The current University of Manitoba Students’ Union (UMSU) president Al Turnbull and his fellow executives seem to think they can make unilateral decisions on behalf of over 25,000 students without their consent. The incident regarding the removal of all Canadian Federation of Students (CFS) material from the student agendas makes this apparent.
Members of UMSU are also members of Local 103 of CFS. Unions are democratic organizations in which the paying members’ dues not only entitle them to elect their representatives, but also pay those representatives’ salaries. Members are entitled to be consulted and vote on any policy or governance changes. However, the executive has ignored students’ democratic rights by making changes to the student health plan and removing all CFS materials from the agendas.
In an interview with the Manitoban last week, Turnbull discussed the rationale behind the removal of CFS materials from the agendas, saying, “After we were told that we legally could not provide the cheapest and best service for our students, we the executive decided that in an act of protest towards the egregious clause [contractually binding] our organization, and the needless wasting of our students’ money [ . . . ] the federation should be removed from all the handbooks.”
Let’s revisit the facts. It was the former UMSU executive that made the order for the agendas, as had been done in years previous. And yes, perhaps it did cost the cited $60,000 to place the order.
However, there are numerous advertisements in the agendas, from MTS, Booster Juice, Manitoba Hydro, Waverley Dental Centre, and Manitoba Public Insurance, just to name a few. These advertisements generate revenue and would probably have allowed UMSU to break even on their $60,000 investment. For Turnbull to claim that he wanted to provide “the cheapest and best service for our students” is confusing, when likely UMSU made money through the ad revenue of these agendas.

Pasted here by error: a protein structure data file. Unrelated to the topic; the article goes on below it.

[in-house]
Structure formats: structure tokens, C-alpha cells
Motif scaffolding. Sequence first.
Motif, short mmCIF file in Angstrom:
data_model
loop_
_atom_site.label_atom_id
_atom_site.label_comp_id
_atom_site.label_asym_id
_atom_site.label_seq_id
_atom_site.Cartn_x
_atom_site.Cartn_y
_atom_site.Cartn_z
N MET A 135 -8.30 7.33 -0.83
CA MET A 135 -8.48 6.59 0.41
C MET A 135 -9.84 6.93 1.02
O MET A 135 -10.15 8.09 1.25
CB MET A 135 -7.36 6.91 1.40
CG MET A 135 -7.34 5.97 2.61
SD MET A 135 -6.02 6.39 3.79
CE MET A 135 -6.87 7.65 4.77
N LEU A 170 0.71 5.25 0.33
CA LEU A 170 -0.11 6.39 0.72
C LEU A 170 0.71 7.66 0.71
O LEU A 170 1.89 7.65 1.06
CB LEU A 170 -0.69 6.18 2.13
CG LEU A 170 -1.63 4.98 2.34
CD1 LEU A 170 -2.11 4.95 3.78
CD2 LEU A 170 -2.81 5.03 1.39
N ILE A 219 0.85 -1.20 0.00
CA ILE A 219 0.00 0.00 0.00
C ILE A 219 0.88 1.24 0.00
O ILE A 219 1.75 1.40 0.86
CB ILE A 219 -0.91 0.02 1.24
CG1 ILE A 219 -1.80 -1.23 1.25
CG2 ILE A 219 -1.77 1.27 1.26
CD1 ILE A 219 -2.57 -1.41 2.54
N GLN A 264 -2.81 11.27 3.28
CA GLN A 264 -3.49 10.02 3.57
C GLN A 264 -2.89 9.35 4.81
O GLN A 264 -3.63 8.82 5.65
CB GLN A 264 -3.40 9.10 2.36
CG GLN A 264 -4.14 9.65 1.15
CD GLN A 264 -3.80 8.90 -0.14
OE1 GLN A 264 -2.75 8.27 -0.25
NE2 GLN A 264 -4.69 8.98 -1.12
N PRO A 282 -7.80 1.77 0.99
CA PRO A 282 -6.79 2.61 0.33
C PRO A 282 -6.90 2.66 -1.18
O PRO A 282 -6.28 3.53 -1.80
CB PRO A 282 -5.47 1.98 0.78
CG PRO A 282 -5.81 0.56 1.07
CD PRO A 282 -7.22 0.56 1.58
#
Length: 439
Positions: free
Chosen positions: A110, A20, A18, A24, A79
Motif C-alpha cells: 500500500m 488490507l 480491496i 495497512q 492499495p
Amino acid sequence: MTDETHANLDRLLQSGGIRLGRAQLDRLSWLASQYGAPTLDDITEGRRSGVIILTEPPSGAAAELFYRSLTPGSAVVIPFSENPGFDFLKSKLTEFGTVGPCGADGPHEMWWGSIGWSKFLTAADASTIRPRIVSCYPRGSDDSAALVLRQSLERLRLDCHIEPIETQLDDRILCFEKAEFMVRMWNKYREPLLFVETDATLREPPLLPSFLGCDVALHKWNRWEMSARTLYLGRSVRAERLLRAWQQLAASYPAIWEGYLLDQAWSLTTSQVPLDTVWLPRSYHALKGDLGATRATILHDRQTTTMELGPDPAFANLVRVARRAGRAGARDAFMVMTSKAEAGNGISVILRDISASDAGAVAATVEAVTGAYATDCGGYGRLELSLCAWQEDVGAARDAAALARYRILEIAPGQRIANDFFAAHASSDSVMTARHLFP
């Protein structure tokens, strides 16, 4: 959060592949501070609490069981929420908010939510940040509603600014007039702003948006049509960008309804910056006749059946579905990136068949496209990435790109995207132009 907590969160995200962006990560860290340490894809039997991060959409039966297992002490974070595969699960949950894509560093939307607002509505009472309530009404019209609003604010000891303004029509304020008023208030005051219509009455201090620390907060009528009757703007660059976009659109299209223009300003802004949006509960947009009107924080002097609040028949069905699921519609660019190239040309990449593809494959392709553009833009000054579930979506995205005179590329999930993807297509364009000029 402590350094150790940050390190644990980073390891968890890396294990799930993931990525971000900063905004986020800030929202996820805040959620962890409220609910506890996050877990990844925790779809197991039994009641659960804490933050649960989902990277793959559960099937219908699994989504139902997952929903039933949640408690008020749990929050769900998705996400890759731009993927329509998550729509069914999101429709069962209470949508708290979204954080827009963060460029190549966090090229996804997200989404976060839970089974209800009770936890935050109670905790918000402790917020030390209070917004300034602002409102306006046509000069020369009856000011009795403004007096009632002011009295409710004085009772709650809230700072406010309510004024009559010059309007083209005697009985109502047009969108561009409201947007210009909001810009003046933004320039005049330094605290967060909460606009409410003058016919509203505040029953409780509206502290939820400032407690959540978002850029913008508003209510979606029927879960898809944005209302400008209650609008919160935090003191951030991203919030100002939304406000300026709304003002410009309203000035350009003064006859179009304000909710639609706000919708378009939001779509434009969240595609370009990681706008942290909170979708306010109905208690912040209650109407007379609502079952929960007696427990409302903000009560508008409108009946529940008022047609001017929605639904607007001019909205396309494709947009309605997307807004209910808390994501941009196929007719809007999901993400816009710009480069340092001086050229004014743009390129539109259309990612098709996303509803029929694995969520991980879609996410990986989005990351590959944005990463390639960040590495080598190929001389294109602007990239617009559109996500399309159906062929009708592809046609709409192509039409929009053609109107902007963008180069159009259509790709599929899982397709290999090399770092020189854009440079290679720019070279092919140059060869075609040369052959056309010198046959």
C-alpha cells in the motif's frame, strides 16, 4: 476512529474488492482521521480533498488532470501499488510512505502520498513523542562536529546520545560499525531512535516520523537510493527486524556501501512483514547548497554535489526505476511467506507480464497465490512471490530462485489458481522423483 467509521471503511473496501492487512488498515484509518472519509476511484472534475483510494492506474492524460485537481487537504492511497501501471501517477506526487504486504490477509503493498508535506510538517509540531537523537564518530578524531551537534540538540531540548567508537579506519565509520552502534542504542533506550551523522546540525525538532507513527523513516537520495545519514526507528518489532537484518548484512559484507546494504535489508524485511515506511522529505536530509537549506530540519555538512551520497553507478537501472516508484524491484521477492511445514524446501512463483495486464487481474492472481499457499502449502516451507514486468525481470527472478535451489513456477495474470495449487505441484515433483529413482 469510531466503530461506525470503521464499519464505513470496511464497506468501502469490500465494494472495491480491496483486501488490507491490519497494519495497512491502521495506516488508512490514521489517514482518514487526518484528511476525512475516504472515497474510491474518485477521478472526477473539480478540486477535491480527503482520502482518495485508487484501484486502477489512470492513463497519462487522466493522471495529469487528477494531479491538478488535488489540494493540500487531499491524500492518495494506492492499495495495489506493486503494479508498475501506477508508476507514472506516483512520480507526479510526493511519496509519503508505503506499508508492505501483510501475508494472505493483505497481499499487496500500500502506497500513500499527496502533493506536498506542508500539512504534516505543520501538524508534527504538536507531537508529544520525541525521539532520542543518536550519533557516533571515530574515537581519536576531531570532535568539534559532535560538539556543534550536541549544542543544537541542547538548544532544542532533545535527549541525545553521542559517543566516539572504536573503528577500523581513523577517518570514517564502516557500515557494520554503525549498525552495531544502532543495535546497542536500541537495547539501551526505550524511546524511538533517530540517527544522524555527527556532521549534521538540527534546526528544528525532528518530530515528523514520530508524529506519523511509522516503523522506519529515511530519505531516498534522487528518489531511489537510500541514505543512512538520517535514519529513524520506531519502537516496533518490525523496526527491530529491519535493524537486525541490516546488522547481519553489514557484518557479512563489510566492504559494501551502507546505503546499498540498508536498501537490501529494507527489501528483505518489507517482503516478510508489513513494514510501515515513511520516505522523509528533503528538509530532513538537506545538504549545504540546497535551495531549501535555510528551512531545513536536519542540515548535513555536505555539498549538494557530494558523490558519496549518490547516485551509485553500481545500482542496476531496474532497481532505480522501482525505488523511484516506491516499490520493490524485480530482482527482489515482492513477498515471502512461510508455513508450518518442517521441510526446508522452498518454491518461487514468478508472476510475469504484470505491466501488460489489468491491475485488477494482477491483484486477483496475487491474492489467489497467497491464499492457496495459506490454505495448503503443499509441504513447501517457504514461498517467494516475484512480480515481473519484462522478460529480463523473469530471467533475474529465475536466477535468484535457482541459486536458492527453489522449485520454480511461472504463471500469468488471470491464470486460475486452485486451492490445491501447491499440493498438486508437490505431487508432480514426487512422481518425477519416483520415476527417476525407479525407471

If we want to talk about saving money, we need a serious wake-up call here: ripping pages out of about 20,000 agendas takes time and effort, which means we, as fee-paying members of the student body, likely had our money wasted by this executive, and whatever additional staff were required to rip pages out of agendas.
Furthermore, any contract has terms and conditions, and opt-out fees are standard legalities. Turnbull deciding in July, roughly six months after the orders for the agendas were placed, that they should no longer be ordered, should come with a financial penalty – that’s standard procedure. What he fails to realize is that he may have wasted students’ money had he not gone ahead with the order for agendas.
This action carried out by UMSU was not only undemocratic to the students but also a waste of our money. We paid UMSU to rip out information that was paid for by students, in agendas that were also paid for by students.
Students have the right to be provided with the CFS information they paid for. If we want to argue for saving money, it is instructive for students to know about services such as the ISIC card, employment standards, National Student Loans, and where our $14.00 that we paid to CFS goes.
If Turnbull and his executive have political issues with the mandates or services of CFS, then that should be discussed in a participatory and democratic manner with the student body. We are, after all, not only paying for missing CFS information; we are paying the UMSU executives’ salaries.